If your hardwood floors are looking a little rough, then they may be in need of a refinishing job. Part of the beauty of hardwood floors is that they can be repaired, sanded down, and re-stained to look like new in most cases. However, before you decide to take on a hardwood floor refinishing job yourself, there are some things you need to know.
Preparation is Key
The most important aspect of completing a successful refinishing job on your floor is taking the time to prepare the floors for the new stain. This involves thoroughly sanding away the old stain and smoothing out the floors using a sanding belt. From there, you should also use a stain-able wood filler to repair any scratches, gouges, or other minor damage. This will provide you with the best surface for the new stain.
Apply a Thin Layer
Once your floors are prepped and you have your wood floor stain, it's time to get started in applying the stain to the floor. The best way to do this is generally to apply a small amount of stain to one section of the floor and then using a rag to rub the stain in so that it penetrates the wood. In order to prevent streaking and other noticeable flaws, be sure to apply the stain in a thin layer. This will also help to ensure uniform and consistent drying times. If needed, you can always apply a second coat of stain later on.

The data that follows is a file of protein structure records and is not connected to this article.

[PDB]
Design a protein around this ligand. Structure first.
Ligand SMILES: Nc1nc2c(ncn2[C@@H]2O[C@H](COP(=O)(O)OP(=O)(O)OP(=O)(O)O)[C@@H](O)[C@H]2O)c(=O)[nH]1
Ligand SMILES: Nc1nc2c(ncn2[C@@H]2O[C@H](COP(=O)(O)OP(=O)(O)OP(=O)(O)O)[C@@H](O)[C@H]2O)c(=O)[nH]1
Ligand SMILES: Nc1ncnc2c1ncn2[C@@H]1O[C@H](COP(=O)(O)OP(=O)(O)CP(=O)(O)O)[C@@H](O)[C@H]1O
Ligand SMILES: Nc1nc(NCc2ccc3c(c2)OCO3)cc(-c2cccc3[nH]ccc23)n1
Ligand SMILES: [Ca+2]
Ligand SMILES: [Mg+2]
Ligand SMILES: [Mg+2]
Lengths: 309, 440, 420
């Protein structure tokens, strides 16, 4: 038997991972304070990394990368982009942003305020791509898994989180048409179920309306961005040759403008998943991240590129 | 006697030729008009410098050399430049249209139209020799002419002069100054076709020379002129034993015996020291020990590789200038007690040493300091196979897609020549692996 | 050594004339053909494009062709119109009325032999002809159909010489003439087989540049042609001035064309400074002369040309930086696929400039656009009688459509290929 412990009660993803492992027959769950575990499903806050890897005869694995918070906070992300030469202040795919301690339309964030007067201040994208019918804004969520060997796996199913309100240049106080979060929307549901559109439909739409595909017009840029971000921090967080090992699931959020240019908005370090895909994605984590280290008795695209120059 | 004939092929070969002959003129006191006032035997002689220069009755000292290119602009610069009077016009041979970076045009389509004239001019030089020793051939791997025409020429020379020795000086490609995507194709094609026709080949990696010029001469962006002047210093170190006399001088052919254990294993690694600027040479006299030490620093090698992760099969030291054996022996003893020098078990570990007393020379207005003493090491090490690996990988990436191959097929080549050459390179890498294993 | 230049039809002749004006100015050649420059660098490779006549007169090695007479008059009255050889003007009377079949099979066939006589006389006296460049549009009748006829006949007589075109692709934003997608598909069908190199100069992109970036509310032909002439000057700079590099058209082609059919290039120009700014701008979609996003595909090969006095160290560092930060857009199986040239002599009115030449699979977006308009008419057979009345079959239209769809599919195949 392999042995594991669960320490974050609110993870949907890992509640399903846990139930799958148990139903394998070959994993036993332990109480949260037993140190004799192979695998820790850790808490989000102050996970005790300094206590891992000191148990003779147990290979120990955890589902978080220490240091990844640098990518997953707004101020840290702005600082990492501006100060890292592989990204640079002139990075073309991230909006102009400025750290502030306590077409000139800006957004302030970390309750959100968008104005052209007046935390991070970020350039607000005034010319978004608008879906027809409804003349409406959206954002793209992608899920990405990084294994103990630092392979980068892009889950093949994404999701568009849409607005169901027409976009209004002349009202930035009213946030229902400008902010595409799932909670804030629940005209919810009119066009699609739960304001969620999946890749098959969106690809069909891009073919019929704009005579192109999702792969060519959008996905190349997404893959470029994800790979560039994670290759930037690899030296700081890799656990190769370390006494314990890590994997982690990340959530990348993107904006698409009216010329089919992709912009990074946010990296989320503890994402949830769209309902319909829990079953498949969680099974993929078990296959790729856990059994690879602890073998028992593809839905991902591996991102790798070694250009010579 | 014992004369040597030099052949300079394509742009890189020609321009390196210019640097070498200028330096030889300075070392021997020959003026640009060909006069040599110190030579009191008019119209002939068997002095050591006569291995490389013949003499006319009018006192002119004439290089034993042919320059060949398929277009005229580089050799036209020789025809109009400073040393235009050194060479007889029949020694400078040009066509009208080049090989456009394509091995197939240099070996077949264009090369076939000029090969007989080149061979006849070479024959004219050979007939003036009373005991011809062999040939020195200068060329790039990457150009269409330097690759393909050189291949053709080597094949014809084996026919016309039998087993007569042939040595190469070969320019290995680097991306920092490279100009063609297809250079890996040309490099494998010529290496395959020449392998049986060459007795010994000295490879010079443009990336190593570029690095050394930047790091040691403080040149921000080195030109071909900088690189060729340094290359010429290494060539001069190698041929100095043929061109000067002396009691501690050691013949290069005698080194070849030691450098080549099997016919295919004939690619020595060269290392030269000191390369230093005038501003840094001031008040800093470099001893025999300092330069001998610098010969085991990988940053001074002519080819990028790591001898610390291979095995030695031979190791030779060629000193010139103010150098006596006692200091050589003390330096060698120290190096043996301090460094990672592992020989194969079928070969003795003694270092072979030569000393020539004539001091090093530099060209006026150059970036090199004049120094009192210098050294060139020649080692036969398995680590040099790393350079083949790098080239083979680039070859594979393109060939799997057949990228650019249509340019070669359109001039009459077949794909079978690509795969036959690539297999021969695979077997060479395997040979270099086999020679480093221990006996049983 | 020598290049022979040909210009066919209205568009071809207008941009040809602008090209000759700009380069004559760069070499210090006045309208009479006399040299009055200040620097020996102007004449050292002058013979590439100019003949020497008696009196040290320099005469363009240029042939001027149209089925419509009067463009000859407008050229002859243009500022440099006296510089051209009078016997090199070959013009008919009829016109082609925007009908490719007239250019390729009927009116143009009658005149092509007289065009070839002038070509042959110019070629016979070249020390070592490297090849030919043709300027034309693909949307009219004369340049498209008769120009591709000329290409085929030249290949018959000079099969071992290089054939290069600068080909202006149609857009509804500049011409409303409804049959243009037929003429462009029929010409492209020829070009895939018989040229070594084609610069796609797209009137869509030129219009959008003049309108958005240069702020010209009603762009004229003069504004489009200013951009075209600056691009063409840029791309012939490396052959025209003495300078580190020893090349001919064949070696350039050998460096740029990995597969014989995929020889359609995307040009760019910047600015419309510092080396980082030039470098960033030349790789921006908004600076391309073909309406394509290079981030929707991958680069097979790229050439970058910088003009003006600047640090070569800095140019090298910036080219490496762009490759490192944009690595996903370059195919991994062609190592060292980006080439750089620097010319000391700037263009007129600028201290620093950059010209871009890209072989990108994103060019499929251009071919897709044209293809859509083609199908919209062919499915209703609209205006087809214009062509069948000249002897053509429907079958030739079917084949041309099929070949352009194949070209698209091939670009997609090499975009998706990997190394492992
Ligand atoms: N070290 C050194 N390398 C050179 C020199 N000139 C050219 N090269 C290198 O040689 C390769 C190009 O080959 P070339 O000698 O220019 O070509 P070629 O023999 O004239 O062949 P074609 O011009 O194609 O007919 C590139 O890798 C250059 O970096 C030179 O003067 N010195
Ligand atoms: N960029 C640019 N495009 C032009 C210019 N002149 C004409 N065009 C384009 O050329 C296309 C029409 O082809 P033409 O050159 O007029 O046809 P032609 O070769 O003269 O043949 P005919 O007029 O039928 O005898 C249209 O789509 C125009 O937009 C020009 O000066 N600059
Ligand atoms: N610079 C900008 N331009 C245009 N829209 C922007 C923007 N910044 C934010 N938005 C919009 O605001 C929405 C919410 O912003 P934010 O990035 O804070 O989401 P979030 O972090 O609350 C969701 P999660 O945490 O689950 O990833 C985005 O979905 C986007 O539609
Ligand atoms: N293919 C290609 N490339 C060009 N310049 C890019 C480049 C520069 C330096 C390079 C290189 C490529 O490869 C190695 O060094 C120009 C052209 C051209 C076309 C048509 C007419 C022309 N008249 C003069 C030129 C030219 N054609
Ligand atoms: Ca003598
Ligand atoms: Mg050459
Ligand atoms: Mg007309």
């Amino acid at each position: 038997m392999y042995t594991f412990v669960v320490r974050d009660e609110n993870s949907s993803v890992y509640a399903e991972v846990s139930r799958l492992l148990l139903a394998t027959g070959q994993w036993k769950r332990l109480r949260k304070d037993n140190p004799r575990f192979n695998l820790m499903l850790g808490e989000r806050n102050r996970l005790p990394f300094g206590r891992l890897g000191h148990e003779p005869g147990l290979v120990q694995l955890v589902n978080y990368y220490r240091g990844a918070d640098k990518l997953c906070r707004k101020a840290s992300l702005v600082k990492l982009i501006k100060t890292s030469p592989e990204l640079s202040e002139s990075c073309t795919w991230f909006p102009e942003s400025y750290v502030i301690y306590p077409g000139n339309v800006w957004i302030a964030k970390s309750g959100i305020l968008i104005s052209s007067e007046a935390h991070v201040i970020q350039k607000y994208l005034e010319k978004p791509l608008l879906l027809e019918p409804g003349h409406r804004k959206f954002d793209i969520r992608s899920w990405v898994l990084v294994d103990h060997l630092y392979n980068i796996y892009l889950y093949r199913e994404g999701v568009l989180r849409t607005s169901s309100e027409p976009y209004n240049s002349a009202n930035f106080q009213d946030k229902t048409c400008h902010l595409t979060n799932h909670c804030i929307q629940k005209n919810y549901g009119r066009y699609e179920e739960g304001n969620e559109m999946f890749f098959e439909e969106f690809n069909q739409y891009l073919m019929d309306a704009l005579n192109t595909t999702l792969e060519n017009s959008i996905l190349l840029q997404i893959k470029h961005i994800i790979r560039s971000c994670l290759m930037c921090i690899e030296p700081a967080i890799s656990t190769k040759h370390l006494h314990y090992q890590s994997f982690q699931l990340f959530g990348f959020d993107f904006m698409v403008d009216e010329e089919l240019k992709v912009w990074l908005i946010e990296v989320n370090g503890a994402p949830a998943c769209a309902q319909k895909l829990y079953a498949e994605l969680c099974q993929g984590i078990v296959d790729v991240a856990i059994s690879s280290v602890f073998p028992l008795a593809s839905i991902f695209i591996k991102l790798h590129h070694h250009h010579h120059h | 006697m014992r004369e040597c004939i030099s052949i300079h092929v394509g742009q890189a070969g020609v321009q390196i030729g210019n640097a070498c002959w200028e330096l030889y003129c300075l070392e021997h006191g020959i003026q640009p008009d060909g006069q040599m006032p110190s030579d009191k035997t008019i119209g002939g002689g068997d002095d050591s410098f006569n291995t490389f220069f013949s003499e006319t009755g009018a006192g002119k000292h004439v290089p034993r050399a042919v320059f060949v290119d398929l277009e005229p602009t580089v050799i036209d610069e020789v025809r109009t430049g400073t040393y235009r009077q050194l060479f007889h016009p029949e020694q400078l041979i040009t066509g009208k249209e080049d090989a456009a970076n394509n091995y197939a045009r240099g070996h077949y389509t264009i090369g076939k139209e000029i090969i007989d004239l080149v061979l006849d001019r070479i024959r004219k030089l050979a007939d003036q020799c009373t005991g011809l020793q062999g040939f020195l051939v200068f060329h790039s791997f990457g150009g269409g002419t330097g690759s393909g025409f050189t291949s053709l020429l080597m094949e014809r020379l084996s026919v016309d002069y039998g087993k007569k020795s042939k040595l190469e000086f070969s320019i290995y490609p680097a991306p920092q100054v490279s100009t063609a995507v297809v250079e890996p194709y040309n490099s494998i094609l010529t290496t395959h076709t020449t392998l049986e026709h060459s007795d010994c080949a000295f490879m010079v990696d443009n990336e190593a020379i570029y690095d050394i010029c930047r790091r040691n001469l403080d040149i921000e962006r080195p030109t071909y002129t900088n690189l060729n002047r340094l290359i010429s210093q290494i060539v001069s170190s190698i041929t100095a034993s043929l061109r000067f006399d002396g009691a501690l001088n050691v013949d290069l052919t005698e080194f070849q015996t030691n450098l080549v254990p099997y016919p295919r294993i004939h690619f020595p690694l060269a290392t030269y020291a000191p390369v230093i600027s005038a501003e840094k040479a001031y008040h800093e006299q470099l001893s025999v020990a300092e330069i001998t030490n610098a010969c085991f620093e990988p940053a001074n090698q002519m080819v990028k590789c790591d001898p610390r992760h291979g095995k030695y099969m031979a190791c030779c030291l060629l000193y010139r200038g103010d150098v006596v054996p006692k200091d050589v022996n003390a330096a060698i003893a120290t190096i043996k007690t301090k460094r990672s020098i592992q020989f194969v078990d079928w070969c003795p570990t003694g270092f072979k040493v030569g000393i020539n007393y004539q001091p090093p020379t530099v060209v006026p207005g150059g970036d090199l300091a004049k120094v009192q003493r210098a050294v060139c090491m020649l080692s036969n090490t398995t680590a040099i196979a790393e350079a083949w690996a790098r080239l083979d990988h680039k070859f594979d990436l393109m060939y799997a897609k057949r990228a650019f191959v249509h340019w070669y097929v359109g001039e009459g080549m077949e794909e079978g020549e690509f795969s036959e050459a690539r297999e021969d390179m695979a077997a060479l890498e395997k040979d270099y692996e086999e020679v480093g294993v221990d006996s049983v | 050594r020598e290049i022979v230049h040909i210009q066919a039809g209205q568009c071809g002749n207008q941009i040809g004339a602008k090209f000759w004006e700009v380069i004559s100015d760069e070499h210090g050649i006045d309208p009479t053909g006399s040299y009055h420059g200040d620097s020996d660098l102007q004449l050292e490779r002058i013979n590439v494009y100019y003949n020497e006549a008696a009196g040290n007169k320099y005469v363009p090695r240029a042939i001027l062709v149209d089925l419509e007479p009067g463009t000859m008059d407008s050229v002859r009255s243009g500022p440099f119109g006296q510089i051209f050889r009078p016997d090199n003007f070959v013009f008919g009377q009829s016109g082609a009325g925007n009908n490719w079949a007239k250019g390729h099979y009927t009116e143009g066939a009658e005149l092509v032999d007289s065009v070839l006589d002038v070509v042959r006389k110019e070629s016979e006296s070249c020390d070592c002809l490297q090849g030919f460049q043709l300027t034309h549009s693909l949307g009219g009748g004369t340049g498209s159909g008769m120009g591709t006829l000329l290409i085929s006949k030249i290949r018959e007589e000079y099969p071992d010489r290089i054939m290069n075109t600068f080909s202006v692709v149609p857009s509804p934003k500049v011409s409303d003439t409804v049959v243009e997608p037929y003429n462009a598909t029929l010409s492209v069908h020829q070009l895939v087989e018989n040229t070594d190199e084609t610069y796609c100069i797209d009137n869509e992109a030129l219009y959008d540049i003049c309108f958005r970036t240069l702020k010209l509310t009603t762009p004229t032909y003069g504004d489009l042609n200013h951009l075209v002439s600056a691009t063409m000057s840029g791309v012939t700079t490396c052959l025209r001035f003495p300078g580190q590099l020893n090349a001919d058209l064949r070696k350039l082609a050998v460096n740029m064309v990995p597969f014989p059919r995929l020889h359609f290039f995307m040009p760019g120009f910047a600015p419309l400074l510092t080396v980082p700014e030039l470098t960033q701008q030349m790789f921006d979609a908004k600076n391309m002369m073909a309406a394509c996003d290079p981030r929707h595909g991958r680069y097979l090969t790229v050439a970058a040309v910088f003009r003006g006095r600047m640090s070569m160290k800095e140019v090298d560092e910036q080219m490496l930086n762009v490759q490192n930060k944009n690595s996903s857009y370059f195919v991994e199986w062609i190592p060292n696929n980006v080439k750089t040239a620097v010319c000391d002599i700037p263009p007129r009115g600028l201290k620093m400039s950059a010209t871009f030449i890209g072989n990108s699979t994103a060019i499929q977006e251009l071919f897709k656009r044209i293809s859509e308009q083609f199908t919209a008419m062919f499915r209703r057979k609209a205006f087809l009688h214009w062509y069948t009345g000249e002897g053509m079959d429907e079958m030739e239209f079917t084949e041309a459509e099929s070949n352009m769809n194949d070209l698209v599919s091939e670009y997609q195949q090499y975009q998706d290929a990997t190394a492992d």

Matching Stains Takes an Expert
If you're attempting to match an existing wood stain (such as the stain on your hardwood floors in an adjacent room), then this is a job best left to the experts. A professional hardwood floor refinishing company will be able to achieve as close of a match as possible between your floors so that you can enjoy a consistent look without having to re-stain both rooms or spaces.
Some Floors Just Need Replaced
Finally, keep in mind that in cases of severely damaged or rotted hardwood flooring, it may be in your best interest to replace your floors altogether. Sanding down, using wood filler, and re-staining can only do so much. If your floors have dark stains from water damage, are rotting in areas, or have large gouges/scratches, then you may want to talk to a flooring company (such as Cooper Floors) about the possibility of replacing your hardwood flooring altogether.Share